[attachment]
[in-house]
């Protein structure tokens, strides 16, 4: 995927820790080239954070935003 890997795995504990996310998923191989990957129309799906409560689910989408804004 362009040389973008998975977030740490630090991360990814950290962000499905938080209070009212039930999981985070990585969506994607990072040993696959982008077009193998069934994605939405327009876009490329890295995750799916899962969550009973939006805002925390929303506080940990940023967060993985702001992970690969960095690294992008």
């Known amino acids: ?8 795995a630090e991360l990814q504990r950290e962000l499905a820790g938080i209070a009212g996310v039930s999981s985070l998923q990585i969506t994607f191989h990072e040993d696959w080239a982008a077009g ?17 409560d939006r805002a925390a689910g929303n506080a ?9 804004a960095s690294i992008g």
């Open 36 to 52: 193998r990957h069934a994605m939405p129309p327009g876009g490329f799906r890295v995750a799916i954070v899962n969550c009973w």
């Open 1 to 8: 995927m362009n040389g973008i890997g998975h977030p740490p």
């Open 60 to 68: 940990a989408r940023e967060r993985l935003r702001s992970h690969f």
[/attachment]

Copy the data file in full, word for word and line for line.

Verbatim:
[in-house]
């Protein structure tokens, strides 16, 4: 995927820790080239954070935003 890997795995504990996310998923191989990957129309799906409560689910989408804004 362009040389973008998975977030740490630090991360990814950290962000499905938080209070009212039930999981985070990585969506994607990072040993696959982008077009193998069934994605939405327009876009490329890295995750799916899962969550009973939006805002925390929303506080940990940023967060993985702001992970690969960095690294992008």
């Known amino acids: ?8 795995a630090e991360l990814q504990r950290e962000l499905a820790g938080i209070a009212g996310v039930s999981s985070l998923q990585i969506t994607f191989h990072e040993d696959w080239a982008a077009g ?17 409560d939006r805002a925390a689910g929303n506080a ?9 804004a960095s690294i992008g």
């Open 36 to 52: 193998r990957h069934a994605m939405p129309p327009g876009g490329f799906r890295v995750a799916i954070v899962n969550c009973w």
């Open 1 to 8: 995927m362009n040389g973008i890997g998975h977030p740490p």
């Open 60 to 68: 940990a989408r940023e967060r993985l935003r702001s992970h690969f």